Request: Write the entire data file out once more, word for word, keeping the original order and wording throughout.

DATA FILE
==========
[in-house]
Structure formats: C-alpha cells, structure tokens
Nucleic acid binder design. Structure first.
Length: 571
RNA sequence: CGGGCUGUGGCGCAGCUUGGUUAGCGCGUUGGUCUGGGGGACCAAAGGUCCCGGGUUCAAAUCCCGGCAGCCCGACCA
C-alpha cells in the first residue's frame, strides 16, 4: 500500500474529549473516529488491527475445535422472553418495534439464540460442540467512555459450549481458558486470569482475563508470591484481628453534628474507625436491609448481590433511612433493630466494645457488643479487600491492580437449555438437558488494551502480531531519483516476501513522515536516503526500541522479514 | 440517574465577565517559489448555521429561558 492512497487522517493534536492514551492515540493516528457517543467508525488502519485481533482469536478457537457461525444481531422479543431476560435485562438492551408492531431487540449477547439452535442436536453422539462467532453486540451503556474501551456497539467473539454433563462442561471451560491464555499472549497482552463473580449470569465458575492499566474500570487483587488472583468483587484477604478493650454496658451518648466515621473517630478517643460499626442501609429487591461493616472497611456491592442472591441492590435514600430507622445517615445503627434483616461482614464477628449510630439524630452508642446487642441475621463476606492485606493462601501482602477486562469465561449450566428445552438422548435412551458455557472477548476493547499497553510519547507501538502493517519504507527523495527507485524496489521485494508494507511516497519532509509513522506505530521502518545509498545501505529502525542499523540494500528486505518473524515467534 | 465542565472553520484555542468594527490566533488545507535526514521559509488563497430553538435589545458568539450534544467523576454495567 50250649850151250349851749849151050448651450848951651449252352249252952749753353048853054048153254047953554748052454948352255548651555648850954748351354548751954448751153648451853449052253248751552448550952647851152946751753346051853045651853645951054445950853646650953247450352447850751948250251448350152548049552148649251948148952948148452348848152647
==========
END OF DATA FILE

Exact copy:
[in-house]
Structure formats: C-alpha cells, structure tokens
Nucleic acid binder design. Structure first.
Length: 571
RNA sequence: CGGGCUGUGGCGCAGCUUGGUUAGCGCGUUGGUCUGGGGGACCAAAGGUCCCGGGUUCAAAUCCCGGCAGCCCGACCA
C-alpha cells in the first residue's frame, strides 16, 4: 500500500474529549473516529488491527475445535422472553418495534439464540460442540467512555459450549481458558486470569482475563508470591484481628453534628474507625436491609448481590433511612433493630466494645457488643479487600491492580437449555438437558488494551502480531531519483516476501513522515536516503526500541522479514 | 440517574465577565517559489448555521429561558 492512497487522517493534536492514551492515540493516528457517543467508525488502519485481533482469536478457537457461525444481531422479543431476560435485562438492551408492531431487540449477547439452535442436536453422539462467532453486540451503556474501551456497539467473539454433563462442561471451560491464555499472549497482552463473580449470569465458575492499566474500570487483587488472583468483587484477604478493650454496658451518648466515621473517630478517643460499626442501609429487591461493616472497611456491592442472591441492590435514600430507622445517615445503627434483616461482614464477628449510630439524630452508642446487642441475621463476606492485606493462601501482602477486562469465561449450566428445552438422548435412551458455557472477548476493547499497553510519547507501538502493517519504507527523495527507485524496489521485494508494507511516497519532509509513522506505530521502518545509498545501505529502525542499523540494500528486505518473524515467534 | 465542565472553520484555542468594527490566533488545507535526514521559509488563497430553538435589545458568539450534544467523576454495567 50250649850151250349851749849151050448651450848951651449252352249252952749753353048853054048153254047953554748052454948352255548651555648850954748351354548751954448751153648451853449052253248751552448550952647851152946751753346051853045651853645951054445950853646650953247450352447850751948250251448350152548049552148649251948148952948148452348848152647